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Reducing Opioids after Radical Prostatectomy

Reducing Opioids after Radical Prostatectomy

“We saw a reduction in opioid prescribing by nearly 47 percent, a reduction in opioid use by nearly 27 percent, and increased disposal of leftover opioids by nearly 14 percent.”

A first-of-its-kind Brady intervention study points the way to smarter prescription and use of opioids after radical prostatectomy. Among other findings, the Brady’s Opioid Reduction Intervention for Open, Laparoscopic, and Endoscopic Surgery (ORIOLES) initiative determined that the vast majority of our patients don’t need all the pain medication they are prescribed after they leave the hospital.

The study involved two groups of patients: 214 men in the pre-intervention group, and 229 men in the post-intervention group. “Before intervention, on average, patients were prescribed 30 pills of 5 mg oxycodone, but used only three pills,” says Brady Chief Resident Hiten Patel, M.D., M.P.H., who launched and led the study, along with urologist Amin Herati, M.D., and urologist Misop Han, M.D. “Overall, 77 percent of the opioid medication that was prescribed was never used,” and just over 9 percent of patients properly disposed of their leftover pain pills – which can be dangerous to leave lying around. These findings were true for both the open procedure and robotic prostatectomy; the investigators found no difference in prescribing or use between these groups of patients.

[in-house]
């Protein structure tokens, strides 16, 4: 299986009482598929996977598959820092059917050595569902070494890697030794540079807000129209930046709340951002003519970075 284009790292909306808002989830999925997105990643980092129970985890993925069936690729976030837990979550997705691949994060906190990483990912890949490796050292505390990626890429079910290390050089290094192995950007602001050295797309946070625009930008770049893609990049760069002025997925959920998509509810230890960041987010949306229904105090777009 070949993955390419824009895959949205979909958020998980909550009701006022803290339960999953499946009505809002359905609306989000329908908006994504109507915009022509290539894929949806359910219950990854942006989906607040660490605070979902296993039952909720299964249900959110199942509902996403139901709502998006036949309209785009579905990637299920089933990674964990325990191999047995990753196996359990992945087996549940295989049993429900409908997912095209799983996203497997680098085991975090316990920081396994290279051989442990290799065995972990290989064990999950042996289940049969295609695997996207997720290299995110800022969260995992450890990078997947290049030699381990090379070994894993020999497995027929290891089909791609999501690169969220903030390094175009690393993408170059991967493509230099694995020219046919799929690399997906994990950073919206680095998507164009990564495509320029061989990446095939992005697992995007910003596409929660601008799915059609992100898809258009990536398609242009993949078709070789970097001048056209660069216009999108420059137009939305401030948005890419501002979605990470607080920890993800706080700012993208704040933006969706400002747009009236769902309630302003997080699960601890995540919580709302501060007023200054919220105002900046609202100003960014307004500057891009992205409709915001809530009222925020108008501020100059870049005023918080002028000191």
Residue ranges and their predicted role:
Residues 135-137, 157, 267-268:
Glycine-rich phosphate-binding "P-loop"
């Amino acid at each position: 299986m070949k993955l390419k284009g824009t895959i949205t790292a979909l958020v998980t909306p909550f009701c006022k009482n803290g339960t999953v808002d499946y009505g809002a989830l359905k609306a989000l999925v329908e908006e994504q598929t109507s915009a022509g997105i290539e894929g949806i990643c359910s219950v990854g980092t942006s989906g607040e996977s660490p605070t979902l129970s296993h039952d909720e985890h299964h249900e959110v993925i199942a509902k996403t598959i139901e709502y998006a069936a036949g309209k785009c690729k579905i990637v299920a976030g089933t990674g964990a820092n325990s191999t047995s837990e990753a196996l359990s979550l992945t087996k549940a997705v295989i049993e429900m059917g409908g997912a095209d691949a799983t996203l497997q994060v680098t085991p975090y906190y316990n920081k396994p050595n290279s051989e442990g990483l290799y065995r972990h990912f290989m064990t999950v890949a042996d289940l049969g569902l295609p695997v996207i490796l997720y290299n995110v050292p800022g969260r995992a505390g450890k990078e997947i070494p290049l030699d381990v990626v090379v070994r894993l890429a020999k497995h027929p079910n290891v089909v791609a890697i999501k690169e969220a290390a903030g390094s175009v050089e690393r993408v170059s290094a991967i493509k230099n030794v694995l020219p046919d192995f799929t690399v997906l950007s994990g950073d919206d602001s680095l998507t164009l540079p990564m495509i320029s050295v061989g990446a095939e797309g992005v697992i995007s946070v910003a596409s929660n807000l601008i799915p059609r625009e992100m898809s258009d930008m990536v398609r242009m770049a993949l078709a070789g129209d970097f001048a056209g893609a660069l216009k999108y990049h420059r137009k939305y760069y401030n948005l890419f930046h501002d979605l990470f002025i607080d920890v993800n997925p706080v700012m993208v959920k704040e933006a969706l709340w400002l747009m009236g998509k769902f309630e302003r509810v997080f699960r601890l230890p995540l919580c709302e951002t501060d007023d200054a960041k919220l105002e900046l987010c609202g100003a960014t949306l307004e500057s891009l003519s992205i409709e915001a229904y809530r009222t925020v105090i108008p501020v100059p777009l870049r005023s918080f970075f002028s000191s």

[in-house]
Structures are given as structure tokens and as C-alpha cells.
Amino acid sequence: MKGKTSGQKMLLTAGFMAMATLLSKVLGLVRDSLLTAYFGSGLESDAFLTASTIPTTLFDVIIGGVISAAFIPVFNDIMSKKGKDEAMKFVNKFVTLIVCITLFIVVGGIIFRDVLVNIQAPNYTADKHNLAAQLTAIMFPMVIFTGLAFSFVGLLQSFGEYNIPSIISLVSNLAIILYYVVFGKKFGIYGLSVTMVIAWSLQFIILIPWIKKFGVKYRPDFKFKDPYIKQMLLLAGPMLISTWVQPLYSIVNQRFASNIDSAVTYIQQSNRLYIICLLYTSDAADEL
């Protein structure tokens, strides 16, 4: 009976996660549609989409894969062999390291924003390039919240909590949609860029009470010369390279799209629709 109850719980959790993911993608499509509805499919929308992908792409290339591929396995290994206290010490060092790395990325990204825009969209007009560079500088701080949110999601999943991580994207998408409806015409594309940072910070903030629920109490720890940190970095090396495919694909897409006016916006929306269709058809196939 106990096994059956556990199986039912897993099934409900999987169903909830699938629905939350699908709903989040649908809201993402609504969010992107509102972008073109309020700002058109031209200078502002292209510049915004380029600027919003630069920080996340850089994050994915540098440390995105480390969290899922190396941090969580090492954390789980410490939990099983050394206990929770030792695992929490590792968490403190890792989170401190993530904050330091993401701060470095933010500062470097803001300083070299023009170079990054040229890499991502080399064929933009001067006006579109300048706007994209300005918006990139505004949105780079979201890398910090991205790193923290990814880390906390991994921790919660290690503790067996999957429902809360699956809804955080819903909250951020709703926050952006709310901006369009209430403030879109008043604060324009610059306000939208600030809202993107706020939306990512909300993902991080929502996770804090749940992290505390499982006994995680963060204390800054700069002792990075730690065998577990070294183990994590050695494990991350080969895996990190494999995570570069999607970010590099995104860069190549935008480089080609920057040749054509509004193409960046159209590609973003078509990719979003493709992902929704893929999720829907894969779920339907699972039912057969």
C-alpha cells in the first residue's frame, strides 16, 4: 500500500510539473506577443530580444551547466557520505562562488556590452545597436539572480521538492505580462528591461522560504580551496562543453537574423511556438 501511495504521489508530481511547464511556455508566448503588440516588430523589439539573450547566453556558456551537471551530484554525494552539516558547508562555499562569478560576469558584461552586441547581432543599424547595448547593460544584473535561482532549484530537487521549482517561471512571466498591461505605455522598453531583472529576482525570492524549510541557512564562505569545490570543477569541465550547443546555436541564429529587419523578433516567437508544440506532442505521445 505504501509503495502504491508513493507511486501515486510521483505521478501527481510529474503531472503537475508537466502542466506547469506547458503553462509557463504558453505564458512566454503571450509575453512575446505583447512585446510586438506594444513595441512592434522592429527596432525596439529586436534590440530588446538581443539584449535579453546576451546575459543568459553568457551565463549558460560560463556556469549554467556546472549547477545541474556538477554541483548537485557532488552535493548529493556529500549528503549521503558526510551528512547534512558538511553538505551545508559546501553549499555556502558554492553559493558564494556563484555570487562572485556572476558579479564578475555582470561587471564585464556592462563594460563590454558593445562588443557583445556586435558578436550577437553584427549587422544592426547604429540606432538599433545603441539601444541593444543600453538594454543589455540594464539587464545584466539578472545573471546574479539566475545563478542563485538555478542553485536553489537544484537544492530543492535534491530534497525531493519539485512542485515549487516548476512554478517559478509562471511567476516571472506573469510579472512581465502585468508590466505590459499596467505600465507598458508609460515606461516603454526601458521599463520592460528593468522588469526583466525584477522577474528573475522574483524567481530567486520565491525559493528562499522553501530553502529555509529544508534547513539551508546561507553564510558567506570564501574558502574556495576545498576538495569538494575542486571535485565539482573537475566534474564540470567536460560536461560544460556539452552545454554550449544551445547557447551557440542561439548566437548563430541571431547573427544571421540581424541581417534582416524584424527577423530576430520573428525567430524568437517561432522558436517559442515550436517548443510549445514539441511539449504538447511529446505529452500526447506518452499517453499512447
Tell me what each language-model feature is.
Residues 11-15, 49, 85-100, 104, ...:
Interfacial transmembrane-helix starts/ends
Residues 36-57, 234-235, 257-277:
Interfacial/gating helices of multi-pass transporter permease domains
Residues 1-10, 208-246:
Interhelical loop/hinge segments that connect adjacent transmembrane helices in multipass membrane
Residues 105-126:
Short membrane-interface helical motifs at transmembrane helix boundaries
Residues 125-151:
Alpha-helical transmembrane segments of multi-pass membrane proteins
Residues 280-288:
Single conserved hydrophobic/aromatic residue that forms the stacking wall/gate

The team’s intervention had notable success: “We saw a reduction in opioid prescribing by nearly 47 percent, a reduction in opioid use by nearly 27 percent, and increased disposal of leftover opioids by nearly 14 percent,” says Patel, who presented the study’s results at the 2019 meeting of the American Urological Association. “Only five patients required additional opioid medication.”

Patel and colleagues also identified risk factors for higher use of opioids after surgery. One of these, for some men, was simply having a higher prescription; fewer pills prescribed led to fewer pills taken. Also more likely to take more opioids were men with a higher body mass index (BMI); and men who had used opioids for other conditions before surgery. “Notably, just having had a history of pain – without opioid use – before surgery was not a significant predictor of greater use.” After the intervention, only 2.2 percent of patients reported needing additional opioid medication, fewer than 1 percent needed to obtain a prescription, and only 1.3 percent had long-term opioid use. “This is the first pre-post opioid intervention study in urology to report an improvement in prescribing practices after radical prostatectomy and to demonstrate factors associated with greater use,” says Patel.

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